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GR49 - narrative


GR49: the first GR sign, in St Raphael The GR49 (Grande Randonnée 49) is a long distance walking path from St-Raphaël on the Côte d'Azur to Rougon near the Gorge du Verdon. If you like the idea of a linear walk, continuing from place to place, this is good for having lovely views, tasty French cooking, and being a manageable length - 6 days. This is one of the shorter GRs, and so it is easy to do the whole thing, which is pleasing.

It passes through a nice variety of countryside, from the big city start, through charming villages, to Europe's largest and most dramatic Gorge. Doing it in Spring was lovely (warm days and cool evenings), as some parts were lush and green, while others were more arid. The seasons changed depending on how high we were.

DAY 1: GR49: path above St-Raphael Knowing in advance that there was nowhere for lunch, we bought a picnic from one of the many good boulangeries on the road out of town. Leaving the St-Raphaël suburbs took surprisingly little time, and we were soon among the limestone hills, with rolling views.

The cistus and lavender bushes were being pollinated by the bees, and there were several splendid yellow butterflies. There was a pleasing variety of trees, including pine, holm oak and eucalyptus.

The walk was on a mixture of rocky paths, open tracks and balcony paths. Crossing the A8 wasn't as bad as you might imagine from the map, and there was a pretty lake just the other side. With the detour to a hotel in Bagnols-en-Forêt, it made for quite a long first day, and the final bit was rather tedious. (Actually, using the 1:25000 map we found a shortcut into town. The path was lovely but there were lots of 'Beware of the Dog' notices, and the overall effect was rather creepy. However, it came out just by our hotel.)

Vociferous frog lake
DAY 2: As we had left the GR49, we had to find our way back without paint; occasionally we had some trouble in the woods, and the map seemed less accurate! With the benefit of hindsight, it might have been better to use the minor roads.

However, we passed a wonderful little lake, positively teeming with noisy frogs, so I named it the vociferous frogs lake. As it was a hilly area, it was not so dry as yesterday, and some bits were quite like English meadows, with lush grasses and daisies. There were more buildings, and the cork trees in the forests were new.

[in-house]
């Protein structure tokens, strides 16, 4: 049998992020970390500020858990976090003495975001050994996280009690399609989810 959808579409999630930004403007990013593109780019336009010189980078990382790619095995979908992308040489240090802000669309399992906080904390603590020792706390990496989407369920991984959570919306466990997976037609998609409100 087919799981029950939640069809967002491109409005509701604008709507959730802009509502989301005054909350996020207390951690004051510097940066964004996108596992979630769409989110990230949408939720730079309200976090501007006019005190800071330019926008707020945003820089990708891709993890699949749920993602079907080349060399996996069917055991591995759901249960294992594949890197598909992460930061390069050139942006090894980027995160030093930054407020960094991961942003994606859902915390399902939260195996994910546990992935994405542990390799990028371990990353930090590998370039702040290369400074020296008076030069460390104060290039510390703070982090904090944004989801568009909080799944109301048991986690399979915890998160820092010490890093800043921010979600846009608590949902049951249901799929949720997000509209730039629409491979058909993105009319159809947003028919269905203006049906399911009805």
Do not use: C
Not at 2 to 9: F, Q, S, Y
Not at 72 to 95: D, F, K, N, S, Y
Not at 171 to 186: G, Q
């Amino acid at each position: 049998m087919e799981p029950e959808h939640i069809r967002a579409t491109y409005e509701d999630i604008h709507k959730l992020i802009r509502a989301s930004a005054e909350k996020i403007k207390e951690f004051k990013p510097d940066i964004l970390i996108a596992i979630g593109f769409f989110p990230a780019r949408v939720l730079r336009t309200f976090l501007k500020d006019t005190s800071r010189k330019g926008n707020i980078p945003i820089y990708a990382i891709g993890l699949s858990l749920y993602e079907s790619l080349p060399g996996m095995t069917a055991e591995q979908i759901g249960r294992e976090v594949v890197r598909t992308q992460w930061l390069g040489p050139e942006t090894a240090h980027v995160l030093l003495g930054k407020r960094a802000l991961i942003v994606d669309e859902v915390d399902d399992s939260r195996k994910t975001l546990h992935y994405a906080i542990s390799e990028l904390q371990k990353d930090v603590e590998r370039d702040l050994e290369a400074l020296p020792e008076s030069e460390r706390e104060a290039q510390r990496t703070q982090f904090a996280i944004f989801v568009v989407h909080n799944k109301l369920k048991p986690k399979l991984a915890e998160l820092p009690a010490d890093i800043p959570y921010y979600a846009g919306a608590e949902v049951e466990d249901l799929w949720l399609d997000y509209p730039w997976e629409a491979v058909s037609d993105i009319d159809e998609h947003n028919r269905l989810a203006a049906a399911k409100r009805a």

GR49: Mons boulangerie DAY 3: The weather changed, the cloud was low, and it drizzled on and off all day. There were thick pine forests, which allowed us only occasional views of the big ravine along to the source of la Siagnole. The lack of a good picnic spot was redeemed by having bought earlier a delicious frommage chèvre for lunch.

The long climb up to Mons was also in the cloud, but Mons itself turned out to be a delightful hill village. Shopping there took a long time because of all the 'bonjour Monsieur, bonjour Madame' greeting that took place whenever anyone came or went. Delightful if you're not in a hurry, which we weren't.

DAY 4: Again preparing lunch in advance, we found some nice quiche lorraine and courgette flan at the Mons boulangerie, and then set off on the first climb, up to a big plateau.

The longest climb of the day was after lunch. More rain made the trail finding harder, and the cloud blanked out the views. It was winter up there, even with some snow at the top. We enjoyed it more when we got back down among the spring meadows. I hadn't found anywhere to stay in La Bastide, so we went 2 kilometers to the south, to Le Coq en Pâte in La Roque-Esclapon; it was shut when we arrived, so we waited under shelter, but it turned out to be a very friendly pub-like place, frequented by the locals, with very good pizza cooked in a wood oven.

GR49: view back along la Siagnole
DAY 5: This was the longest day - 20 kilometres. But route finding was easy, and we were encouraged by a beautiful sunny morning and great views. We indulged ourselves at the nice cafés in La Bastide and Bargème before getting out onto the woodland paths and pretty countryside. At one point a wild boar had nested near the path, and ran away when we appeared, followed by its four tiny piglets.